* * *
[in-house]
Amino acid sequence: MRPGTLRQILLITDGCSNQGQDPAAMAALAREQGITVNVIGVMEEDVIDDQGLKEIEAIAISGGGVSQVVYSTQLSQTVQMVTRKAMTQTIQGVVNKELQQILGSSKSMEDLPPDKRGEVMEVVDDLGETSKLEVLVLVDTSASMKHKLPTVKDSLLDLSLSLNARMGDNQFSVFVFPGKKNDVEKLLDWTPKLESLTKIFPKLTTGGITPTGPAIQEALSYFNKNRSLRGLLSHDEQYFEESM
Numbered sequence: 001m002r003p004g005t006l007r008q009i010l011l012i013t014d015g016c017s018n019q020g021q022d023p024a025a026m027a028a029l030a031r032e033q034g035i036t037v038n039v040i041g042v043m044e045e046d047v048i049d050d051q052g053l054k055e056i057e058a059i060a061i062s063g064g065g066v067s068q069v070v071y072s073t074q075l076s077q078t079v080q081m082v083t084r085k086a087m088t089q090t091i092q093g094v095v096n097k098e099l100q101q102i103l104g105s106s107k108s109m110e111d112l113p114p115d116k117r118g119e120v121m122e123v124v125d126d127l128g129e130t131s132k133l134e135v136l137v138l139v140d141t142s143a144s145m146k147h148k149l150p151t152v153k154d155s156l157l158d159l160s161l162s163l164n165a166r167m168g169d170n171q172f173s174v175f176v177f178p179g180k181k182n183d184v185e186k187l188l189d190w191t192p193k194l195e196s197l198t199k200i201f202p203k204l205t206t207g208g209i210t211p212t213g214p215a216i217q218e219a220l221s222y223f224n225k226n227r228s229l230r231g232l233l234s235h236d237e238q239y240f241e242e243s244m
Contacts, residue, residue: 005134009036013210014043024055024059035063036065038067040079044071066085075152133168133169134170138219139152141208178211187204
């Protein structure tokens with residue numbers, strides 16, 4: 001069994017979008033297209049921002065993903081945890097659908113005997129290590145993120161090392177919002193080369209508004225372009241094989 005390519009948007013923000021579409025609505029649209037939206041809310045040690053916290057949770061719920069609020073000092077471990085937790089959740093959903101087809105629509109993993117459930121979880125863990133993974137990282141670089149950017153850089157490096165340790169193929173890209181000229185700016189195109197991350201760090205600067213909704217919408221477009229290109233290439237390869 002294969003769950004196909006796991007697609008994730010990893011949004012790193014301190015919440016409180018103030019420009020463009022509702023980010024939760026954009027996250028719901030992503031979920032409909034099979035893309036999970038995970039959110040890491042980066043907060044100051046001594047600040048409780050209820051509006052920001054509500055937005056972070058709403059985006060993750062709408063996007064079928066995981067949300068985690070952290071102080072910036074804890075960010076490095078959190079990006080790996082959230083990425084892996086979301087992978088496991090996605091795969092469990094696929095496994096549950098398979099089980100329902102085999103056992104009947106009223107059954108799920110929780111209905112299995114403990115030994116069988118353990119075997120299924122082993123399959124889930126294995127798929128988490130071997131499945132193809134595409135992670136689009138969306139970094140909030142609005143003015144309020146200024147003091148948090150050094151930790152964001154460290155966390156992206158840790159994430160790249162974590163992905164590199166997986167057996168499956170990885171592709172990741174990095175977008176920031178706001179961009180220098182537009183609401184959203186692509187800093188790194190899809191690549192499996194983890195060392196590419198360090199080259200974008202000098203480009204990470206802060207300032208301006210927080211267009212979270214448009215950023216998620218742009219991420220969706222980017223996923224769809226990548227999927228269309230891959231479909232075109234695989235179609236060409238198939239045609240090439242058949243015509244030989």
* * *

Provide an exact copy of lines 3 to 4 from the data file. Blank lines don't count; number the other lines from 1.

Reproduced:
Numbered sequence: 001m002r003p004g005t006l007r008q009i010l011l012i013t014d015g016c017s018n019q020g021q022d023p024a025a026m027a028a029l030a031r032e033q034g035i036t037v038n039v040i041g042v043m044e045e046d047v048i049d050d051q052g053l054k055e056i057e058a059i060a061i062s063g064g065g066v067s068q069v070v071y072s073t074q075l076s077q078t079v080q081m082v083t084r085k086a087m088t089q090t091i092q093g094v095v096n097k098e099l100q101q102i103l104g105s106s107k108s109m110e111d112l113p114p115d116k117r118g119e120v121m122e123v124v125d126d127l128g129e130t131s132k133l134e135v136l137v138l139v140d141t142s143a144s145m146k147h148k149l150p151t152v153k154d155s156l157l158d159l160s161l162s163l164n165a166r167m168g169d170n171q172f173s174v175f176v177f178p179g180k181k182n183d184v185e186k187l188l189d190w191t192p193k194l195e196s197l198t199k200i201f202p203k204l205t206t207g208g209i210t211p212t213g214p215a216i217q218e219a220l221s222y223f224n225k226n227r228s229l230r231g232l233l234s235h236d237e238q239y240f241e242e243s244m
Contacts, residue, residue: 005134009036013210014043024055024059035063036065038067040079044071066085075152133168133169134170138219139152141208178211187204